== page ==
Many renewable projects on hold, however, as province's largest power generator weighs new carbon pricing plan
PINCHER CREEK, Alta.—There are three things one can be assured of in the Pincher Creek area of southwestern Alberta—death, taxes and the wind will blow.
Windswept is the word often used to describe the region with its rolling hills, cattle ranches, farms and the Rocky Mountains to the west.
And it is the wind that’s eliciting some optimism at a time when Canada is seeking to reduce its carbon footprint and turn to alternative energy sources.
With their giant 80-metre-high turbines stretching as far as the eye can see and 45-metre-long blades turning gracefully in the breeze, wind farms are potentially a big beneficiary of changes promised by both the Alberta and federal governments.
“The wind is always blowing in southern Alberta it seems. For the locals who have grown up around the wind from childhood, it’s just another day for them,” said Wayne Oliver, TransAlta’s operations supervisor for the region, which includes Fort Macleod.
TransAlta, Canada’s largest publicly traded power generator and marketer of electricity and renewable energy, has 460 wind turbines in the area. Some of the older models are being decommissioned and the pricetag for new ones isn’t cheap, running between $2 million and $5 million, depending on the output, which can be as much as three million watts of electricity per hour.
But Oliver said 100 megawatts of energy will supply the needs of about 120,000 homes.
He also said most people don’t understand where their electricity comes from.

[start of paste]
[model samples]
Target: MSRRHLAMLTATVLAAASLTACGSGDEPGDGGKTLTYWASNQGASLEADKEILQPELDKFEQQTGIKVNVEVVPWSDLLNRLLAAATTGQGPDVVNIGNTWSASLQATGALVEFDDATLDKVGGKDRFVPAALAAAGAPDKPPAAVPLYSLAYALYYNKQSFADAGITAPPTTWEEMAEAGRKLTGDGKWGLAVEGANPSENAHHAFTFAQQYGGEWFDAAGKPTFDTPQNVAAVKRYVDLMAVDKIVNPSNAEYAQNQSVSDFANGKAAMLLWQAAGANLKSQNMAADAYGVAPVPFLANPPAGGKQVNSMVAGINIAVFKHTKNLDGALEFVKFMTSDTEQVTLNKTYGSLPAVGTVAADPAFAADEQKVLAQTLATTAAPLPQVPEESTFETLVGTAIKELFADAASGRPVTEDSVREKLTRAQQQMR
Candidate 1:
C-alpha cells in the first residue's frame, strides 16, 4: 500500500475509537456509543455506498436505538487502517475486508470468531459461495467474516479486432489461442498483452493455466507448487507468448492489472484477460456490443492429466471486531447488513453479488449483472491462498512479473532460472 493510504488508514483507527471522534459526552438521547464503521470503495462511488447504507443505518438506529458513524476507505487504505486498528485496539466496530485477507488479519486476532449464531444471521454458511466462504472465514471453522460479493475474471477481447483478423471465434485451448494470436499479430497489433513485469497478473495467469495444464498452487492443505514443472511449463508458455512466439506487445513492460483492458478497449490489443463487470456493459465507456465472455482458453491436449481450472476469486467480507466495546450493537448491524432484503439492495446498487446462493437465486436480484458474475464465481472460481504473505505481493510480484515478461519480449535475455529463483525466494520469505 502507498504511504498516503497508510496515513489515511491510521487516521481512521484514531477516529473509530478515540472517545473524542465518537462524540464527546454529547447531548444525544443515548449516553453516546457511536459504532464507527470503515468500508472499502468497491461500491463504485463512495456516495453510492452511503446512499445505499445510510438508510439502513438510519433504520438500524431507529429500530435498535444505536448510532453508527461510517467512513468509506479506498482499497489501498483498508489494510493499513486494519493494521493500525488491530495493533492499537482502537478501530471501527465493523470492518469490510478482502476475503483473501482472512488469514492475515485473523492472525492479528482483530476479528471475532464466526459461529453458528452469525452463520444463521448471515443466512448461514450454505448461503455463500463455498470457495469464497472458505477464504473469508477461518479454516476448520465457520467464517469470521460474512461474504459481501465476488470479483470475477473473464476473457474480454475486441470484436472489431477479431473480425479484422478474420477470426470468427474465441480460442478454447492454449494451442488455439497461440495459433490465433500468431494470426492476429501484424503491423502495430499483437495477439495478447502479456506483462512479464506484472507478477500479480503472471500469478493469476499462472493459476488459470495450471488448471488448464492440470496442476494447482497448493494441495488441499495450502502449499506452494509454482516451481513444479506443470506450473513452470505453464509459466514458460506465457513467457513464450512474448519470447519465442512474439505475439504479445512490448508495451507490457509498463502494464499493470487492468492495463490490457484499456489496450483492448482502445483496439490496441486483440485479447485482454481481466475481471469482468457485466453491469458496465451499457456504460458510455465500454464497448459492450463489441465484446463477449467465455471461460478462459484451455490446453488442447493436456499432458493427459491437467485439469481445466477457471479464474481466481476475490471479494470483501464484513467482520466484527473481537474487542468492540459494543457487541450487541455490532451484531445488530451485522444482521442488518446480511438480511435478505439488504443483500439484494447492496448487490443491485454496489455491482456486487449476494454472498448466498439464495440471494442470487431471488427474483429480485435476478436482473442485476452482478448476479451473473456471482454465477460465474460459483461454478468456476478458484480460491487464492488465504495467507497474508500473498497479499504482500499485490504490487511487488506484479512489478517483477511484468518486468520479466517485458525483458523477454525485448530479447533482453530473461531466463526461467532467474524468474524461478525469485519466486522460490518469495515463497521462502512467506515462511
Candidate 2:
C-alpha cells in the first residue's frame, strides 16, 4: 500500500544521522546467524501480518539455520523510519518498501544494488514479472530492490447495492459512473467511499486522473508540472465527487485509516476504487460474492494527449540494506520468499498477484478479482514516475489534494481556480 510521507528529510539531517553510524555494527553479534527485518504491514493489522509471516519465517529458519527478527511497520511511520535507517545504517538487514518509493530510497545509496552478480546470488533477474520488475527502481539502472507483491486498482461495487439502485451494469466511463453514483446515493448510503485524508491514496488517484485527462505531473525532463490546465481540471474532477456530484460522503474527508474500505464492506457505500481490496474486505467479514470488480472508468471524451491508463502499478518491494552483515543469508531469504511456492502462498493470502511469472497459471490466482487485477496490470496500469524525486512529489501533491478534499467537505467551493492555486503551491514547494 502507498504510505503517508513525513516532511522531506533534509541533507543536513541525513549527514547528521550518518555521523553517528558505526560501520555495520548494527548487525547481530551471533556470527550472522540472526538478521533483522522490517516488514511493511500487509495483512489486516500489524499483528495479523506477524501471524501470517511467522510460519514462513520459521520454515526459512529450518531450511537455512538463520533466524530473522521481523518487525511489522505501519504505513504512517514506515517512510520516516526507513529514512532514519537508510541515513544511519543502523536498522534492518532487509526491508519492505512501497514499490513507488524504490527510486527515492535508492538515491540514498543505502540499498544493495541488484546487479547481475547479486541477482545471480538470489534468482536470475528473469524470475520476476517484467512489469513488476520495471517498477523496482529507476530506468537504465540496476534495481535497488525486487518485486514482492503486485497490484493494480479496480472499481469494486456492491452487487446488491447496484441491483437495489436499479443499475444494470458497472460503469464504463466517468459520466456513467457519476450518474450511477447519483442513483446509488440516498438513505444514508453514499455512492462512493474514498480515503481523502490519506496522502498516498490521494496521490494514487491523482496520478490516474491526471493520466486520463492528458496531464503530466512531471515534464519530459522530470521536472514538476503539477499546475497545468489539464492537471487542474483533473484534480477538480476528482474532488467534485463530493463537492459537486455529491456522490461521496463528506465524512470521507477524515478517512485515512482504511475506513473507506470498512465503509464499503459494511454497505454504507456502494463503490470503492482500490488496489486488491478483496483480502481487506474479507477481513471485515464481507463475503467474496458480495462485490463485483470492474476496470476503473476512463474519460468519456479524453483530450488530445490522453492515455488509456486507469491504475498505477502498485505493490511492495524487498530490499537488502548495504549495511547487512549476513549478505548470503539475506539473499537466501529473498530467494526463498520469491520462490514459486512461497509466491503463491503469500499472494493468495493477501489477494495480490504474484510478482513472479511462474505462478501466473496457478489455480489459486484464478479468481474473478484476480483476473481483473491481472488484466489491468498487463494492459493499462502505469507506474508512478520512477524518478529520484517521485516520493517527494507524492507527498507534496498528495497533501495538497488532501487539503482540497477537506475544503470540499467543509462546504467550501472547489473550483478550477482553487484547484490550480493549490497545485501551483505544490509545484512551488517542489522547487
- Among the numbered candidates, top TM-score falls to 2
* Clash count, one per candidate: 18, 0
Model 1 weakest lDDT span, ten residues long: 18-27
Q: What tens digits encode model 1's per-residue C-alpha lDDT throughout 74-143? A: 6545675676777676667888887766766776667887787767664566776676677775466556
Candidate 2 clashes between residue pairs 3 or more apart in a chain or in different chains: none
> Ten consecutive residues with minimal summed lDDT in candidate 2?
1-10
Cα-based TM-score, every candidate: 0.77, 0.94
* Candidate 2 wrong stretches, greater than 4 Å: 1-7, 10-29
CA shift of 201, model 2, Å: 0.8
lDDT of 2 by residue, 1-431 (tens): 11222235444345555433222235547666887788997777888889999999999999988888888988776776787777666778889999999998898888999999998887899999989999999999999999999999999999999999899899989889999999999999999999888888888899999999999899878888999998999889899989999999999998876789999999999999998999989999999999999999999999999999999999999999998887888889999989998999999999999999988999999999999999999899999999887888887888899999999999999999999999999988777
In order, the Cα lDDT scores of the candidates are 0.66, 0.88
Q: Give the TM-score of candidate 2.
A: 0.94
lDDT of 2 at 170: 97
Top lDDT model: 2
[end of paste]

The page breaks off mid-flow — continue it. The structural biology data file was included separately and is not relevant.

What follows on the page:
“The general public just wants to know that when they hit the switch the lights will come on and they can cook supper when they get home from work.”
With Prime Minister Justin Trudeau promising to reduce greenhouse gas emissions and Alberta’s plan to impose a broad carbon tax and eventually end coal-fired electricity generation, wind energy is getting increased attention.
“We have a long-term, viable resource in the quantity of wind that blows through southern Alberta,” Oliver said.
“Until we get to the point that we’d have large-scale battery storage of wind energy, wind is always going to be supplemental to a base power load structure,” he added.
“In Alberta we have coal and natural gas, we have some hydro. These are our baseload generators and wind can nicely supplement that for the time being.”
TransAlta said last month that plans to invest in hydroelectric, wind, solar and natural gas co-generation facilities in Alberta were “on hold” until the details of the province’s climate change plans are known.
Alberta’s resource-based economy makes up a third of Canada’s total greenhouse gas emissions and the province’s energy minister said a climate implementation team is currently looking at how big a role wind, solar and hydro can play in the future.
Marg McCuaig-Boyd said right now only about 11 per cent of Alberta’s electricity is provided from renewable energy.
“It’s going to play a role just like solar and hydro and thermal—we’re going to look at a mix,” McCuaig-Boyd told The Canadian Press.
“At the end of the day we’re still going to have the bulk of our generation from natural gas but there will be around a 30 per cent mix. Wind will certainly play a key role.”